An appeals court in Washington state has upheld a $50 million jury award in a wrongful birth/wrongful life suit filed by a couple who alleged LabCorp and Valley Medical Center were negligent when they reported the chorionic villus sampling (CVS) of their son, who was born with a severe genetic abnormality, was chromosomally normal.
Rhea and Brock Wuth were married in 2000 and had a healthy boy in 2002. In 2003, Brock’s cousin, who had “terrible seizures, anti-social behavior, and obesity that confined her to a wheelchair”, underwent genetic testing that determined she had an unbalanced translocation of chromosomes 2 and 9. After he learned of his cousin’s results, Brock had himself tested and learned he, although asymptomatic, had balanced chromosomal translocations.
Rhea and Brock decided they wanted more children but did not want to bring a child with severe genetic disabilities into the world, and sought the help of a genetic counselor after they learned of Brock’s test results. Over the course of the next 5 years, Rhea miscarried six times. She became pregnant again around November 2007, and informed Rhea’s obstetrician about Brock and his cousin’s genetic abnormalities. They also informed the obstetrician of their decision to not carry a child with an unbalanced translocation to term.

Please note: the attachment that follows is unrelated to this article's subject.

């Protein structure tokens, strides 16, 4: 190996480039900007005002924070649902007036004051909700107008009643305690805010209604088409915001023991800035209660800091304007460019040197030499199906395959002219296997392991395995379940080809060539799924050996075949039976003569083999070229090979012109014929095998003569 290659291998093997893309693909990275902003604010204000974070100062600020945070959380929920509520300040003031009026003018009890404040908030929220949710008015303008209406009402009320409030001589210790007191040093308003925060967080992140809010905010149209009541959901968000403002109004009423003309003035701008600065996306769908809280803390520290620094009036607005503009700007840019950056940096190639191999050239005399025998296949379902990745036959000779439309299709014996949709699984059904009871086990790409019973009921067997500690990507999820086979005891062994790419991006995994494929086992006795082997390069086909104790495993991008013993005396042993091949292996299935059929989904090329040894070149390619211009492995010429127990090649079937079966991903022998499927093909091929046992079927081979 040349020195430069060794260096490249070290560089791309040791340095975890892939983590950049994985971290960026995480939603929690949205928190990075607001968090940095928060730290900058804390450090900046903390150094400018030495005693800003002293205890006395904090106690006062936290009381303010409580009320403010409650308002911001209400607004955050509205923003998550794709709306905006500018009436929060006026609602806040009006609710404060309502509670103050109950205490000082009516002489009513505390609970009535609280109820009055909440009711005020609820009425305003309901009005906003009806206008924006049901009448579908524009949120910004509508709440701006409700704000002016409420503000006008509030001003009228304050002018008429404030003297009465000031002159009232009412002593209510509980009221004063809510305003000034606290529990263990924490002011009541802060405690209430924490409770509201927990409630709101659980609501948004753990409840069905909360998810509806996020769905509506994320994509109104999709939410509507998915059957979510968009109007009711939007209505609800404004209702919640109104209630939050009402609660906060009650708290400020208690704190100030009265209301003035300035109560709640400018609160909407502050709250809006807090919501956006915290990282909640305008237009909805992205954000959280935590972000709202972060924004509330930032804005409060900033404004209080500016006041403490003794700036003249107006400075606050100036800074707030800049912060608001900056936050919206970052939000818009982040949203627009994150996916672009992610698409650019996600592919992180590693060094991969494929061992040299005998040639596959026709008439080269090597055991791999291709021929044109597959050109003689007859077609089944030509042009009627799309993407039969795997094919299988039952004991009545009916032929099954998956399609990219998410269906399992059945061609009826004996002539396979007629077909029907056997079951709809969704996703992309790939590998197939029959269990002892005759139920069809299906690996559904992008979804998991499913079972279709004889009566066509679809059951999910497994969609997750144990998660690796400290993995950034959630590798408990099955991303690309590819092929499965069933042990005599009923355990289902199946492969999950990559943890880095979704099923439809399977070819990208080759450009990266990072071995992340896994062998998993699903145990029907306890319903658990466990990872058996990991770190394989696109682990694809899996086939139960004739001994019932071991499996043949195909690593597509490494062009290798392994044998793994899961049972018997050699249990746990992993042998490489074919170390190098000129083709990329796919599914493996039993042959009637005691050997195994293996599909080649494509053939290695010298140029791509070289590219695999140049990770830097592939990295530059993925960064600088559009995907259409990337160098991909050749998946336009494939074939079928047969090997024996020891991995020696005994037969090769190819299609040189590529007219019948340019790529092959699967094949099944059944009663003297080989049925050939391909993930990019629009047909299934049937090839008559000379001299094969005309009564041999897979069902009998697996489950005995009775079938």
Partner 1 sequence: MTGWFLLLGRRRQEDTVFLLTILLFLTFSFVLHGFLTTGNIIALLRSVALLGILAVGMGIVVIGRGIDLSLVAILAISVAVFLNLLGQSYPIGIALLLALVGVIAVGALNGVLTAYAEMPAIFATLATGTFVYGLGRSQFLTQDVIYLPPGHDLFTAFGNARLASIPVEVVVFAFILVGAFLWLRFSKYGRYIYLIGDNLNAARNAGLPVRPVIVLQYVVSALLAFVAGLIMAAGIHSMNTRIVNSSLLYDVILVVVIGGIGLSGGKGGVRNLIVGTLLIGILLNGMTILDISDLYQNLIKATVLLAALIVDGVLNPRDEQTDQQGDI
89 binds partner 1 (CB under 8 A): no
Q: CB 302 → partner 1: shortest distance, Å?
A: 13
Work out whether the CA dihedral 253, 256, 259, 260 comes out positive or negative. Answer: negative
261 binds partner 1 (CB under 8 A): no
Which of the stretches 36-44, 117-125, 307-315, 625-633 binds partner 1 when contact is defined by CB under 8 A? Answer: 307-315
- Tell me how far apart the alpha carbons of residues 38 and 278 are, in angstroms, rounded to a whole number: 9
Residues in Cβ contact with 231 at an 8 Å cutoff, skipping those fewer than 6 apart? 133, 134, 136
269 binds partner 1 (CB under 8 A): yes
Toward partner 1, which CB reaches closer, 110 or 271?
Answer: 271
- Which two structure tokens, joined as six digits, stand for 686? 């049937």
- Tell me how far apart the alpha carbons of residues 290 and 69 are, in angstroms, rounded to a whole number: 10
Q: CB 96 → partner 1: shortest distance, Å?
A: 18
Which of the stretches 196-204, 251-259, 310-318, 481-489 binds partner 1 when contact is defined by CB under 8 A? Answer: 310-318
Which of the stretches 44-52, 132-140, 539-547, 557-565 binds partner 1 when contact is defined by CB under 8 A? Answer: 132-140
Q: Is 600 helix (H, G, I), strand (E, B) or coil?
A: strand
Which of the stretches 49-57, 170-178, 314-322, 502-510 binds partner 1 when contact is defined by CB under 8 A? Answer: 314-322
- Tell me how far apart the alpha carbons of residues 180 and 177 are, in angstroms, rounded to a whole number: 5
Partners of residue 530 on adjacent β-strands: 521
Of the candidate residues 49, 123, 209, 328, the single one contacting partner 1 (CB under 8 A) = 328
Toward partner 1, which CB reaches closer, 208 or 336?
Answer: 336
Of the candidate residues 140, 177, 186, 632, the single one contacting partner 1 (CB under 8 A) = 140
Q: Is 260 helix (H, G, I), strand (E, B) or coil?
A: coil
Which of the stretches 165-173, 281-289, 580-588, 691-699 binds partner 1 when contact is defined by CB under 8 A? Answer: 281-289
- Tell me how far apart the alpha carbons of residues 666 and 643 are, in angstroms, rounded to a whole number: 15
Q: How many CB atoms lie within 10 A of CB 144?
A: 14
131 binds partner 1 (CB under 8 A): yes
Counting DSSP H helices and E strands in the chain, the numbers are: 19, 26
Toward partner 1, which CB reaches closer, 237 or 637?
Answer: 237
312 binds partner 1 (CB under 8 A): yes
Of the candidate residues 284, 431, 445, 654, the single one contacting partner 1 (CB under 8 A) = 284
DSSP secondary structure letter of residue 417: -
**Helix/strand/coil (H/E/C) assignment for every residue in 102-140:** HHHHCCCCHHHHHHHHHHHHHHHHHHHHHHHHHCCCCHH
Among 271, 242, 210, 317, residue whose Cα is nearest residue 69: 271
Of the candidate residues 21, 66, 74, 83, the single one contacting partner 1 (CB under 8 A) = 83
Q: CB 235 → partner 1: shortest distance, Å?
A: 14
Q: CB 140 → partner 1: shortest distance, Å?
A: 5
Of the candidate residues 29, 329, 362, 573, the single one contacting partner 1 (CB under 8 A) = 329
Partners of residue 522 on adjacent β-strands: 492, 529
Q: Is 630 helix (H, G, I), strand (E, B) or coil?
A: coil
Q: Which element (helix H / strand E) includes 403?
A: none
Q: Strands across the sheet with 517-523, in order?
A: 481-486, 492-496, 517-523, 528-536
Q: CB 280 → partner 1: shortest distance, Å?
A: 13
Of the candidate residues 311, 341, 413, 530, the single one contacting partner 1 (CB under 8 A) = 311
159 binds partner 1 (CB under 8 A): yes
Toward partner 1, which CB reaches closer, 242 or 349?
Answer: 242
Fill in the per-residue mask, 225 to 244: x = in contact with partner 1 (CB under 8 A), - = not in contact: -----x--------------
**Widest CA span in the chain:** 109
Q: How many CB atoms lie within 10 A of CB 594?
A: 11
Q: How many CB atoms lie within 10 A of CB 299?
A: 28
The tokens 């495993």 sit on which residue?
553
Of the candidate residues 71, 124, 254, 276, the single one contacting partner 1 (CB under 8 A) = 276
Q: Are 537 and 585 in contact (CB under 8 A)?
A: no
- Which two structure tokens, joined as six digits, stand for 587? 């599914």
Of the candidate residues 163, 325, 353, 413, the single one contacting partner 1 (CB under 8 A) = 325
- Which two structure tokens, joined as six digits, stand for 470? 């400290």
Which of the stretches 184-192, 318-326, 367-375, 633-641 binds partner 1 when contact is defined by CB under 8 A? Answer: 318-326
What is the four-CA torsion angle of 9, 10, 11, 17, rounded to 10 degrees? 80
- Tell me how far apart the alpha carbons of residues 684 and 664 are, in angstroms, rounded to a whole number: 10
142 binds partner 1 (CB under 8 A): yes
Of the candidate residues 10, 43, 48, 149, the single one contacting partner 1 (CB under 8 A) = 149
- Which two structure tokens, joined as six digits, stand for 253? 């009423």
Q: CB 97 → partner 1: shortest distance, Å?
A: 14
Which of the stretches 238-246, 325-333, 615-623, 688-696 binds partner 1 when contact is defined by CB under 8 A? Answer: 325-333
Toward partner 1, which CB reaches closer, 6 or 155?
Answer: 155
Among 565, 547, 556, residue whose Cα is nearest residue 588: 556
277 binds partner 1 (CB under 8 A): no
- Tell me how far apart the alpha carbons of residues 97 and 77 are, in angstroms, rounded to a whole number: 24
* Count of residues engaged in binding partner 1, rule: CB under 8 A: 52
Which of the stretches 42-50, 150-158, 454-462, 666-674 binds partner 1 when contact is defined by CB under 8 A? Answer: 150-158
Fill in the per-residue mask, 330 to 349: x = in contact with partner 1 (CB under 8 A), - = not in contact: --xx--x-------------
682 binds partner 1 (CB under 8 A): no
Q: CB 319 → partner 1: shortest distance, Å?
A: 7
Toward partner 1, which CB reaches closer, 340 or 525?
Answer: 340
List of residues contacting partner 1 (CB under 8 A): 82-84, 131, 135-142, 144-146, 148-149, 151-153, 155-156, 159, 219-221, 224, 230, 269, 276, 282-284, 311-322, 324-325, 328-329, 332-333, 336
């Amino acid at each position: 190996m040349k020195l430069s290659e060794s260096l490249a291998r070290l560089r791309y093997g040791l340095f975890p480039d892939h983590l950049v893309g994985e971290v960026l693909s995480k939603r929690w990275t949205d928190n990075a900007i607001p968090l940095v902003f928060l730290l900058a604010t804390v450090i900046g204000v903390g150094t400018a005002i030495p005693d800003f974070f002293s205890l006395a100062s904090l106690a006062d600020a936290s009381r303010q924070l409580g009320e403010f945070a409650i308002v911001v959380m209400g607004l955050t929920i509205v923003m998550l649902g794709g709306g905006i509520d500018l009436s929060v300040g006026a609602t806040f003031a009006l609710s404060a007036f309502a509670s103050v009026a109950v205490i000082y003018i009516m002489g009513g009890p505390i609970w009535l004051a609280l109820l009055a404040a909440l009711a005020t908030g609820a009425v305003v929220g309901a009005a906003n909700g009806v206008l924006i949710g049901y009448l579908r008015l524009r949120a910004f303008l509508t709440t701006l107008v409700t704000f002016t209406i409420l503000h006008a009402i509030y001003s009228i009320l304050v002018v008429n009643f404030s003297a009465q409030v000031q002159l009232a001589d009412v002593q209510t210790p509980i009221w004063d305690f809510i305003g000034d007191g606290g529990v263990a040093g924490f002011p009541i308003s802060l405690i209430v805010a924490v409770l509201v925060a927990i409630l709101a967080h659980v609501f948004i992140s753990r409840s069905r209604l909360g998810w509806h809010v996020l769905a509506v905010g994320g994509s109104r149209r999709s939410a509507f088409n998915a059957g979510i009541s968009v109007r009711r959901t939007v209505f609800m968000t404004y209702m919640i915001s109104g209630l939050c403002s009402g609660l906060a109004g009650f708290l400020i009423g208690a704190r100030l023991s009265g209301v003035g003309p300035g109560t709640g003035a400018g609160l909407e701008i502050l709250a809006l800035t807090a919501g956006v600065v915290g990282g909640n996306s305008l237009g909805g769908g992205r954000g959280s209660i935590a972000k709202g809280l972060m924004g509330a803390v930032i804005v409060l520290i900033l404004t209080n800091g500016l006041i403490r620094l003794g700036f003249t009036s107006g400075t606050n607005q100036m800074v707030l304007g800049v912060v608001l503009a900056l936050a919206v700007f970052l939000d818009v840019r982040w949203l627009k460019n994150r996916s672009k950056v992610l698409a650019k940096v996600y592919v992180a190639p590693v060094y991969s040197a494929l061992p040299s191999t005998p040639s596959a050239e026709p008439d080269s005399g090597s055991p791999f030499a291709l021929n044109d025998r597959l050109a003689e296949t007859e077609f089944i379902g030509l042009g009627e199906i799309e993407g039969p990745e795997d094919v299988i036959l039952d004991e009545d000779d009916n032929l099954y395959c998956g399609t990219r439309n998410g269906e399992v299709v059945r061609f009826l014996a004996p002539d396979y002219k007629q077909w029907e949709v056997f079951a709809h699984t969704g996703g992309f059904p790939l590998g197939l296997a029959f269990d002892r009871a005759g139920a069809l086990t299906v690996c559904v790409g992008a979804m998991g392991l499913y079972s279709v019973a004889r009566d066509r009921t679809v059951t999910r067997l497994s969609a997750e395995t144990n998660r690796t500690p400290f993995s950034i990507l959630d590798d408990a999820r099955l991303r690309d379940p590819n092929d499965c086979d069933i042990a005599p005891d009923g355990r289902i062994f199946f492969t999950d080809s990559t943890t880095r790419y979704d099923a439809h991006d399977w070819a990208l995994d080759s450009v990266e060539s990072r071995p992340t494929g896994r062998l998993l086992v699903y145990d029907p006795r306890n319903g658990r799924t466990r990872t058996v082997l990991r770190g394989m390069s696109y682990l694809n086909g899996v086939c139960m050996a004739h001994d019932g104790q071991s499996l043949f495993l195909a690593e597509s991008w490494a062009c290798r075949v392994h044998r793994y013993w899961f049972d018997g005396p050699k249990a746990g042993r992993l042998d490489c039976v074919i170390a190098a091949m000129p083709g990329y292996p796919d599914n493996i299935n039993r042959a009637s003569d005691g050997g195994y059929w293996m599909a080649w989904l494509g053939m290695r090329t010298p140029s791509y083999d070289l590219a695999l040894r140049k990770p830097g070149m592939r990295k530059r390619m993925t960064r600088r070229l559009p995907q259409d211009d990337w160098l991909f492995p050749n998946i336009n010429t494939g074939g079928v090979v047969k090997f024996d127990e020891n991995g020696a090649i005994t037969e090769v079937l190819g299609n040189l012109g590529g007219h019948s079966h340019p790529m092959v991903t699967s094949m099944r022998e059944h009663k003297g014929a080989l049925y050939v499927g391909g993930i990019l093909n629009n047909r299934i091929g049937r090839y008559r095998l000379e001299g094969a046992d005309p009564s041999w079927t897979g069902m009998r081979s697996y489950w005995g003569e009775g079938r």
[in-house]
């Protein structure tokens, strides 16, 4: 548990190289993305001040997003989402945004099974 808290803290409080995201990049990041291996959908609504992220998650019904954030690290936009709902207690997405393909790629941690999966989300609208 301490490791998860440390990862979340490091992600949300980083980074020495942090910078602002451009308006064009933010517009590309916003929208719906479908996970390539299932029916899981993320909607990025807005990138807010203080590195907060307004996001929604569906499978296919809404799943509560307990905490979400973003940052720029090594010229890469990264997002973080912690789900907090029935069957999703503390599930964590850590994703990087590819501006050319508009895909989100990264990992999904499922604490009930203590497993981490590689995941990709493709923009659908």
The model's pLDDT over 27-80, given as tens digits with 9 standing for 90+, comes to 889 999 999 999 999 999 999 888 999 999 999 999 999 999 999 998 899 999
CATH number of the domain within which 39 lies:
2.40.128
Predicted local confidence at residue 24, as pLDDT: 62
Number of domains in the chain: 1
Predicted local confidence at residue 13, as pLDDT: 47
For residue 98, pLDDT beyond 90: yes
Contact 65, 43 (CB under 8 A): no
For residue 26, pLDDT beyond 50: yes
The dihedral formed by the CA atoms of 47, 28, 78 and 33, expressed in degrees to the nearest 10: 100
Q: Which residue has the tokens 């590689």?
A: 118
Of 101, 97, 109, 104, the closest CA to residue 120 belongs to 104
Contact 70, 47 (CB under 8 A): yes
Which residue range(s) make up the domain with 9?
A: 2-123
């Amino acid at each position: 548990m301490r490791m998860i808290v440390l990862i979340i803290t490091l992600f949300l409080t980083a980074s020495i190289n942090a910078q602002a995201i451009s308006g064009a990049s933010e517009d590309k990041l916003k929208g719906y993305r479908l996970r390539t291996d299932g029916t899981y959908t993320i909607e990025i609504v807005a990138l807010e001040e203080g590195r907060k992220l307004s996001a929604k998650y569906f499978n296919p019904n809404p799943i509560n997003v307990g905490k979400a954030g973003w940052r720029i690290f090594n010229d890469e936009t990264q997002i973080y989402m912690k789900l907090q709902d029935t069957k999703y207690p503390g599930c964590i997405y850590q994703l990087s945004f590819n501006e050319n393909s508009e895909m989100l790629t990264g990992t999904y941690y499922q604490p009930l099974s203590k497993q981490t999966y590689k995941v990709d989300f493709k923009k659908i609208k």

After this discussion, the obstetrician ordered genetic counseling in conjunction with CVS, but Valley scheduled Rhea’s CVS for a day on which no genetic counselor was scheduled to work. Apparently the couple looked into rescheduling the CVS at Valley, or alternately having it performed at Swedish Hospital, so they could speak with a genetic counselor.
Unfortunately, there were staffing and scheduling issues at both institutions that made it unlikely Rhea could have the CVS performed within the next week. This is important because she was 12 weeks and one day into her pregnancy at the time, and CVS must be performed before the end of the thirteenth week of pregnancy.